Ford Motor Co. is investing $1 billion in its Chicago assembly and stamping plants and will add 500 jobs to build three new SUVs, including its industry-leading Police Interceptor Utility.
Ford is dedicating production to the new Explorer, the Lincoln Aviator and the Interceptor. The latest makeover removes the last visage of the once industry-leading Taurus sedan. It also comes at a time when consumers are favoring light trucks – a category that includes pickups, SUVs and crossovers and accounted for 68 percent of industry vehicle sales in 2018.
Ford has a 60 percent share of law enforcement business, based on IHS Markit registration data. The current Police Interceptor Utility accounted for more than half of all police vehicles sold in 2017, Ford said.
Its law-and-order lineup includes a Police Responder Hybrid Sedan, F-150 Police Responder, Expedition Special Service Vehicle, Transit Prisoner Transport Vehicle and Plug-In Hybrid Sedan Special Service Vehicle.
The new hybrid SUV with a 3.3-liter EcoBoost engine gets an estimated 24 miles per gallon on regular fuel. It can travel more than 500 miles between fill-ups. An electric motor integrated into the driveline improves performance over the standard 3.7-liter engine in the current Interceptor.
The first pursuit-rated hybrid police utility could avoid $3,500 to $5,700 per vehicle annually in fuel costs versus the current model, based on gasoline prices of $2.75 to $4.50 a gallon, the company said. Applying those savings to every Police Interceptor Utility sold in 2017 would equate to $118 million to $193 million – more than 43 million gallons of fuel.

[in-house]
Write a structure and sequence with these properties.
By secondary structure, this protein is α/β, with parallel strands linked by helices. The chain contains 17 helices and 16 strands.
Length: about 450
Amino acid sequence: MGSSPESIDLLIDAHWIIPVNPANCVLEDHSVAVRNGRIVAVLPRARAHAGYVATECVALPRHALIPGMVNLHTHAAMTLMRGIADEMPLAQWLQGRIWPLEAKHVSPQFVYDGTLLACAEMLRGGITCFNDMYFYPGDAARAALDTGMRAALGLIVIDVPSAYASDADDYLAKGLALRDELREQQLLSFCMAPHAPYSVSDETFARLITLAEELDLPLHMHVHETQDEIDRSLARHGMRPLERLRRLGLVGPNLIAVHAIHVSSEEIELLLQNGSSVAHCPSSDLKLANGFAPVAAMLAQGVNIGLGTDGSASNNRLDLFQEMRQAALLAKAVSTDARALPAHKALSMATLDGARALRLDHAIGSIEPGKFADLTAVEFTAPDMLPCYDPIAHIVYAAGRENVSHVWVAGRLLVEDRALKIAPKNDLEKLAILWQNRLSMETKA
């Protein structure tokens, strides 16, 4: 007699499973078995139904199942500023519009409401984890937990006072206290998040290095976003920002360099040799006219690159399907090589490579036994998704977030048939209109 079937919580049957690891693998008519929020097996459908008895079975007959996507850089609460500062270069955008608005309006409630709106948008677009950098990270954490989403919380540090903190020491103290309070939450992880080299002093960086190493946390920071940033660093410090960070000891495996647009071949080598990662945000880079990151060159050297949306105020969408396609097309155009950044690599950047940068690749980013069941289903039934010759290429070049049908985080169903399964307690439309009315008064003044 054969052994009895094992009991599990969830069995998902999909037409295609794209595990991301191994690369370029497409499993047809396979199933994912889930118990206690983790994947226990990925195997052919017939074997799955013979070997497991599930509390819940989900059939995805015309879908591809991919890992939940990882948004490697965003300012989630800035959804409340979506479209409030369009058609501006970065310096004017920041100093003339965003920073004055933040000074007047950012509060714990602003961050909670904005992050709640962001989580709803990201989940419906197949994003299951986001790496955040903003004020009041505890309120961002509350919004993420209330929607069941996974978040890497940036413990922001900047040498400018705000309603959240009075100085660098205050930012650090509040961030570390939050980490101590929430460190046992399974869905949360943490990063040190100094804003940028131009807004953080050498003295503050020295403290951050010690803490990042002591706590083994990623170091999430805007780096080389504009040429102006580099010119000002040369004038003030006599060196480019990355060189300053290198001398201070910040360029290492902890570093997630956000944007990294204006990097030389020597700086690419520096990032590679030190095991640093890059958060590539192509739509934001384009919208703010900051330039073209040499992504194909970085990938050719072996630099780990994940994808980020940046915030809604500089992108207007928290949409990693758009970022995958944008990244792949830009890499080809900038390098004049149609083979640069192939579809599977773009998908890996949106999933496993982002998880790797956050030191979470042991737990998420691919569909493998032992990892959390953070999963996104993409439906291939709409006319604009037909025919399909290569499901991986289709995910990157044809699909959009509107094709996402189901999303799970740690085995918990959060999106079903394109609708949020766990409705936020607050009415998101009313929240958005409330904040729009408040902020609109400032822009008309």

Chicago, which purchases Interceptors because they are built on the city’s South Side, could save more than $9 million a year based on an estimated 41 percent improvement in fuel efficiency, Ford said.
“It’s good for their operating budgets, and the secondary benefit to the environment is outstanding,” said Bill Gubing, chief engineer of the Explorer and the Interceptor.
Ford used to rule the police car market with the Crown Victoria rear-wheel drive sedan. It switched to a front-drive Taurus-based cruiser and offered a specially equipped version of the previous generation Explorer as an alternative.
Fast and Tough
The new hybrid Interceptor is certified to withstand a 75-mph rear impact. Its rear load floor holds 800 pounds of gear. Factory-installed blue and red LED lights make aftermarket installations unnecessary.
The hybrid has a top-speed rating of 142 mph. In public testing by the Michigan State Police, it reached 137 mph.
“The most important metric is 0-100 time,” Gubing said. “You want to end the chase before it gets out of control.”
A non-hybrid Interceptor with a 3.0-liter twin-turbo EcoBoost engine and 400 horsepower has a top-speed rating of 148 mph. It hit 150 mph in the Michigan testing.
“That is the high-speed shootout car,” Gubing said. “You are ready for action and you’ll get anywhere real fast.”
Chicago Assembly is Ford’s oldest continually operating plant. The legendary Model T was built there beginning in 1924.